Linda Watt, who retired as chief operating officer of the Episcopal Church earlier this year commented on our earlier item examining various way to cut the “overhead” of the Episcopal Church. We thought her remarks were substantial enough to merit their own entry.
Day: September 28, 2011
At one time or another, we all experience insincere apologies, and it doesn’t make anyone feel better to receive one. Since an apology is critical to the repentance process, an insincere apology does not bode well for true repentance.
But is Constantinianism entirely wrongheaded? Don’t Christians want people in power to embrace Christianity and Christian values? Is it a bad thing if they do? Is it impossible or meaningless for them to try?
safety and comfort
“She volunteered mentally and physically to save God’s creation through her conservation efforts. She gave many trees to our church to plant. When [we] see these trees growing well, we remember her”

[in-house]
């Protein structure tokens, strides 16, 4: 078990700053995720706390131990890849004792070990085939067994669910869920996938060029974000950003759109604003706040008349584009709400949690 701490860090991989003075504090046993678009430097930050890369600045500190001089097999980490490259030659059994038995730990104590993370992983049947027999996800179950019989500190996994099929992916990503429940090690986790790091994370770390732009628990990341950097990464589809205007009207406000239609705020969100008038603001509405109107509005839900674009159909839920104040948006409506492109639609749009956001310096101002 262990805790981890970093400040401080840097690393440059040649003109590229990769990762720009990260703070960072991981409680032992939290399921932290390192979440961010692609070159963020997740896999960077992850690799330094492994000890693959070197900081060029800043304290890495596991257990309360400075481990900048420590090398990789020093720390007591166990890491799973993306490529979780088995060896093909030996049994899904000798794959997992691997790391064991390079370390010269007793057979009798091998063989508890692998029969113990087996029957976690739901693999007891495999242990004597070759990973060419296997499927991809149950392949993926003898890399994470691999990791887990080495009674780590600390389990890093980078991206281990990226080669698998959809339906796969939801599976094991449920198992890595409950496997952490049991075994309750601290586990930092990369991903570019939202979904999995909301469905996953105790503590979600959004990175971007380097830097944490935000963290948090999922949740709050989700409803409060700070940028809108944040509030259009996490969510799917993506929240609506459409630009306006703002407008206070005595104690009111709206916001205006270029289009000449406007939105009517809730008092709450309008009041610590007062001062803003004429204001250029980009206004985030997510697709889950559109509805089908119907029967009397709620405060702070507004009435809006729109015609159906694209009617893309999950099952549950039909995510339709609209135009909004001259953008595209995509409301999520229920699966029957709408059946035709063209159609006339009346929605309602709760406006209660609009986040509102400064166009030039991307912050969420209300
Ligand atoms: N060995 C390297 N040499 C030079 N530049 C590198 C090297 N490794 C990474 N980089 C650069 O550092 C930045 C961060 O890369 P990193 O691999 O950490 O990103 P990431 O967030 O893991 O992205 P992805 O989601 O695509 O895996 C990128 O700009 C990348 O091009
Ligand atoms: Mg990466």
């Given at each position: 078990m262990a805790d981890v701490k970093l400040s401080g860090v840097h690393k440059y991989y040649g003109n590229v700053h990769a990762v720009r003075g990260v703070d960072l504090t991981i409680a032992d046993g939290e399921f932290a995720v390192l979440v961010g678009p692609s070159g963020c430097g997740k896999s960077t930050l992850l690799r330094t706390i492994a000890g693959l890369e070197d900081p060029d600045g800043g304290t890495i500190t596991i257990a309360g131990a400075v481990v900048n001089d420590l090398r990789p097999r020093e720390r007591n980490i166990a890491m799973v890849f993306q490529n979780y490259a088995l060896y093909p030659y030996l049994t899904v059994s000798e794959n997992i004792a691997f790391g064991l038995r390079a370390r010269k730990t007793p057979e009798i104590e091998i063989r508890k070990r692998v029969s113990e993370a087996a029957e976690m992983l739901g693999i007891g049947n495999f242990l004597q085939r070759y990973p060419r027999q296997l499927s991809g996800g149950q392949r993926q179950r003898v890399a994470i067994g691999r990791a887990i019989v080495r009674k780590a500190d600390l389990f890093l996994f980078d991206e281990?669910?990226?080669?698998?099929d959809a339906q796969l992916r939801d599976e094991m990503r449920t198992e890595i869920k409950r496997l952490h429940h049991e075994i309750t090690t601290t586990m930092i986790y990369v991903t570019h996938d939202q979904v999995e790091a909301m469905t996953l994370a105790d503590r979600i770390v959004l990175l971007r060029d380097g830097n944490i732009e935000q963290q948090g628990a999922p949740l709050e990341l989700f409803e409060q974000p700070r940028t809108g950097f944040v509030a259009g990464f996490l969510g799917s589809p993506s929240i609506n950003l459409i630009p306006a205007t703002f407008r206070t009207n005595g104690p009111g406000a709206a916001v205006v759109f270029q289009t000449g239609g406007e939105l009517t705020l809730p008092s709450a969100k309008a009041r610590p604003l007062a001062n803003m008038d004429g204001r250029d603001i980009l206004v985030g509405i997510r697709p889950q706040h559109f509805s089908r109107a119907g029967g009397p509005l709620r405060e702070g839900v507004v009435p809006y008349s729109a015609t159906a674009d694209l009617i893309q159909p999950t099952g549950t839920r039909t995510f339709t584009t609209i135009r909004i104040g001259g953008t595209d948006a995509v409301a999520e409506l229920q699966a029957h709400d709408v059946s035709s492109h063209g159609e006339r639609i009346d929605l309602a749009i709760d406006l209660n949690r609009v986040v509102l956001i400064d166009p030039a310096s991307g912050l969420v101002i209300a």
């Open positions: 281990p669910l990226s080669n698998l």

The only oxen gored–by name–in Bishop Sauls’ proposal are the General Convention and interim bodies as currently configured. I think it is worth expanding the conversation for two reasons: 1) to arrive at the best solution, and 2) to make sure that everyone likely to be making decisions on this matter demonstrates their good intentions by putting their self-interest at risk.
How do we know what is the will of God? How can we give priority to God’s will rather than to our self-centered motivation?
In 2005 about 43% of congregations reported high spiritual vitality and 5 years later this has dropped to 28%.
If someone were to ask me to sum up the entire theme of the Bible in a single sentence, my answer would be, “The Bible is a story of humanity constantly searching for a place with God that they can call home.”